I don't even have kids yet and I struggle with this! My niece is 3. I try to find her presents that aren't licensed with Barbie or Disney princesses. That aren't pink. That encourage development of her mind and independent play. It leaves so few options! I'm not sure my husband agrees with my vehement opposition to commercialism, but he goes along with it.

I often end up buying presents on Etsy because they're "independent." I don't know a better solution for this... And I think licensing is bad for boys, too. Everything I wanted to get my nephew for Christmas had a Cars logo.

I'm not saying I'll *never* buy something with a princess or Barbie, but I'm definitely reluctant.

Jane Mc said...

This is old, but I just did a google search and it was my first result... I am pregnant and was SURE I was having a boy. I just don't connect with my princess-loving nieces and their girliness. I was more of a tomboy, but I also had dolls and liked barbies.

So I was in shock when I found out I am expecting a girl. The same way you described it. I even had a couple of panic attacks about it. It feels like so much more pressure, raising a girl. There's so many more societal expectations to protect her from, and so many things about the world I will want to teach her so she doesn't get hurt. I'm dreading the day she wants princess everything and pink sparkles. That's going to be really hard for me. And I do feel that overwhelming pressure, that I will be her role model. I just don't feel like a good enough person for someone to model themselves after. Ugh!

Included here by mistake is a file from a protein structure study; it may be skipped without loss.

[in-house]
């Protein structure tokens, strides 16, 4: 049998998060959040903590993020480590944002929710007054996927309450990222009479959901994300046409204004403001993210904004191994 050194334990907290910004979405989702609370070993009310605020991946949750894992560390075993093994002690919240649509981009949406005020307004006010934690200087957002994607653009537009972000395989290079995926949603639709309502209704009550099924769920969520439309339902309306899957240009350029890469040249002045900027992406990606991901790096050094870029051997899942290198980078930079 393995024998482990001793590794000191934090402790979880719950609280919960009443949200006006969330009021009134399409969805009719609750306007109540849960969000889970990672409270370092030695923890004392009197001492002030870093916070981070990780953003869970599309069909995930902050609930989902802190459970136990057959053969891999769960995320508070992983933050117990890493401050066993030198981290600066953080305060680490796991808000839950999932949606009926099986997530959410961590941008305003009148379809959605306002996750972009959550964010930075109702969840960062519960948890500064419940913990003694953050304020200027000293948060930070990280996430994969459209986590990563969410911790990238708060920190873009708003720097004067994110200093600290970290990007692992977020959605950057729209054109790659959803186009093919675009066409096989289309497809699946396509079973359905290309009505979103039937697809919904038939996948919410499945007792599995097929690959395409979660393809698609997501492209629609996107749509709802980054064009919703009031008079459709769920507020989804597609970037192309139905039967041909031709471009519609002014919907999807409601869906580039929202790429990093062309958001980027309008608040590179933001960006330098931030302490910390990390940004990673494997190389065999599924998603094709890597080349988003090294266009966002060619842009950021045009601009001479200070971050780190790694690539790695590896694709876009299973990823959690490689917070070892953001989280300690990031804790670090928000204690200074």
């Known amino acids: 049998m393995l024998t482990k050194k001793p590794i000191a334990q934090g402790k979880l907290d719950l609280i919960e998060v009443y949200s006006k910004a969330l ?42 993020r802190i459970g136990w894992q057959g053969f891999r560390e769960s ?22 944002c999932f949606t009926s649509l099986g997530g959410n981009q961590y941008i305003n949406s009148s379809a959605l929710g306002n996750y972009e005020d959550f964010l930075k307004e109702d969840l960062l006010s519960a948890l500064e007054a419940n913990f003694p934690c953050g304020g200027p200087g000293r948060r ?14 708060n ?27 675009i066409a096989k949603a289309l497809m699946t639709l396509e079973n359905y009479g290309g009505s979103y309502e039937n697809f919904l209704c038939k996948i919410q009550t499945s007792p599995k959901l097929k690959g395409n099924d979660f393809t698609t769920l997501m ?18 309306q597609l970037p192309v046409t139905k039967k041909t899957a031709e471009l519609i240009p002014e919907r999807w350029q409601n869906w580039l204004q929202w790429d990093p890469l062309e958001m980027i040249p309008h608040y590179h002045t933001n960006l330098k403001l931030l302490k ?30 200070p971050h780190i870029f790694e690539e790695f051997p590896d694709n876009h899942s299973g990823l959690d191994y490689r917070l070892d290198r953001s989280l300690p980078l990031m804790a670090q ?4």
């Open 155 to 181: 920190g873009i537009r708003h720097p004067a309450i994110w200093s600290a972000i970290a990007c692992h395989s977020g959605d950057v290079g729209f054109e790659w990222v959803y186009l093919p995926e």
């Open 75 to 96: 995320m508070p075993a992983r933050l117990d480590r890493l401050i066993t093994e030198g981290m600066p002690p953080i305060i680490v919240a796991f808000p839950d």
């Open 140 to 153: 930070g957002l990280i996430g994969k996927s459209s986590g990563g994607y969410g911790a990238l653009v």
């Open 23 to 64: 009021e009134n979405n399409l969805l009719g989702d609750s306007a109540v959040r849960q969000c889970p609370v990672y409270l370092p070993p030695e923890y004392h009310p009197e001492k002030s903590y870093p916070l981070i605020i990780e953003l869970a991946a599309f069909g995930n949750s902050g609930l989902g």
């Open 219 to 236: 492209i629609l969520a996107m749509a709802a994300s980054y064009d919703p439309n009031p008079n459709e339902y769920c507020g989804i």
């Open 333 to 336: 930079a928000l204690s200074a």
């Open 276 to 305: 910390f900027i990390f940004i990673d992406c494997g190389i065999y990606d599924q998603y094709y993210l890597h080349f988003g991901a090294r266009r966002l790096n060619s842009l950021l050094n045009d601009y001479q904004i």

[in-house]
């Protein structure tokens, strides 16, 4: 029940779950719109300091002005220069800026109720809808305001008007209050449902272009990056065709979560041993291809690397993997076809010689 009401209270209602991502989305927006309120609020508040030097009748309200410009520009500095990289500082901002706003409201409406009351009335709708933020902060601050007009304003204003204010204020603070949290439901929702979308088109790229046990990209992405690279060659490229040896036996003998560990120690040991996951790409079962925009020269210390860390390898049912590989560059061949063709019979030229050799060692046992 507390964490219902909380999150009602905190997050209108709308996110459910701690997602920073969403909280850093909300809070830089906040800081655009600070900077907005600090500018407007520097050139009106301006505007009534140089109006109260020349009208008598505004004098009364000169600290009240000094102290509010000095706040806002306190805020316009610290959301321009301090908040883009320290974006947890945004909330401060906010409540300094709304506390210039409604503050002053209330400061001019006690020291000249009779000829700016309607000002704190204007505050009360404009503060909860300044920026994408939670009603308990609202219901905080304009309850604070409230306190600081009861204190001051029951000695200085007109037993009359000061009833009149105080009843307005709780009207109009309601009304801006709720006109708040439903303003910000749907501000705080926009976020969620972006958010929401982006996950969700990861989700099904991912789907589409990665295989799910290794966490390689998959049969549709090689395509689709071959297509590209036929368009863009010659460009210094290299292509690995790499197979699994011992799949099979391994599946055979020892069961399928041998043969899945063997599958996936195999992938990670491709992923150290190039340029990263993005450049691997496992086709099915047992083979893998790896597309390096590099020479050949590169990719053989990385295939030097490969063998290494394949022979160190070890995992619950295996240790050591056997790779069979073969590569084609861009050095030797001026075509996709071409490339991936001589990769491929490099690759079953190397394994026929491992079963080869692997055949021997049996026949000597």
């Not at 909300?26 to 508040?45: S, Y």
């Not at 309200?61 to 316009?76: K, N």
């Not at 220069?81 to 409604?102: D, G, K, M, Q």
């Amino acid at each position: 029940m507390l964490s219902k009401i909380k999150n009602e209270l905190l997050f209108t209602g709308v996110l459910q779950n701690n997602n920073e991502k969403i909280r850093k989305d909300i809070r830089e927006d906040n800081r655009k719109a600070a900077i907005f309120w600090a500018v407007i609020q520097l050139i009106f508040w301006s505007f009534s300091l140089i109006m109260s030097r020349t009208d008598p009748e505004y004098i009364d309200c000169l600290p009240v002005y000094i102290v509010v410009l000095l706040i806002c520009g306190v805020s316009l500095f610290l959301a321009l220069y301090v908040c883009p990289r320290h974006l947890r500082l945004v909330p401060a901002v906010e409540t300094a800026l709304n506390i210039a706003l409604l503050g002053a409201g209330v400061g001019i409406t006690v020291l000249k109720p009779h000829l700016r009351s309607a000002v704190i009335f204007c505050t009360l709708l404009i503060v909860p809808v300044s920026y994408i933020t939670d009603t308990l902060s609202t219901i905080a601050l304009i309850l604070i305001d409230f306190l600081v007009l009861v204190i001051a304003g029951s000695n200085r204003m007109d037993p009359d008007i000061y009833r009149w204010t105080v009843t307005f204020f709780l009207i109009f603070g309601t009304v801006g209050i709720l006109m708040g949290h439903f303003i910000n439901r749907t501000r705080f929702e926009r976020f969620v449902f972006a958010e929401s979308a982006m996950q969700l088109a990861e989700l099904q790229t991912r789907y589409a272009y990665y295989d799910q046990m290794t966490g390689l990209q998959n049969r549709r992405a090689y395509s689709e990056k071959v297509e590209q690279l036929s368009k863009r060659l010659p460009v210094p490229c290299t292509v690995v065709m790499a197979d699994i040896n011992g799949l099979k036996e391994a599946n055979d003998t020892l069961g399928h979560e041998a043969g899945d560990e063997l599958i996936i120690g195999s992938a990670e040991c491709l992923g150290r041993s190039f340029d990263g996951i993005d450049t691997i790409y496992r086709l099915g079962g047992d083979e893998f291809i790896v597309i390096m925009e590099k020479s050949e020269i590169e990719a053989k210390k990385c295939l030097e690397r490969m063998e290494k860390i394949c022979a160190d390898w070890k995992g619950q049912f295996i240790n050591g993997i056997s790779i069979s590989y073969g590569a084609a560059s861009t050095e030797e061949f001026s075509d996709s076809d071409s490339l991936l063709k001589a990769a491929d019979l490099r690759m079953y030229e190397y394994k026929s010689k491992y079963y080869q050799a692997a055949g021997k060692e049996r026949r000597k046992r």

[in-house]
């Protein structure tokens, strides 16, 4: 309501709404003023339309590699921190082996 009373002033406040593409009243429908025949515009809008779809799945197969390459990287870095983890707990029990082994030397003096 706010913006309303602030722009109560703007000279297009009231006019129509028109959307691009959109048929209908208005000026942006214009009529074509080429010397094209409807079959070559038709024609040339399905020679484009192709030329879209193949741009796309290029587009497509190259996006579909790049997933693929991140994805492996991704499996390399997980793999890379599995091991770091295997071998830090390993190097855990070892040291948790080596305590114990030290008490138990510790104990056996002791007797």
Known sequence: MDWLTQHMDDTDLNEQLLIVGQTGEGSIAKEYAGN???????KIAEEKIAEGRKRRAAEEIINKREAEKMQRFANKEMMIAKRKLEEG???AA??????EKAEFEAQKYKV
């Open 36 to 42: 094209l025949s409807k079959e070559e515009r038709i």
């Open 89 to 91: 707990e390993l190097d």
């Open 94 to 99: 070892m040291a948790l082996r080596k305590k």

Anyway, I just wanted to let you know that it was comforting to see someone else has the same feelings about this as I do. My sister is a born girl mother and decorated the nurseries in pink and crystals. I shudder... I'm still scared.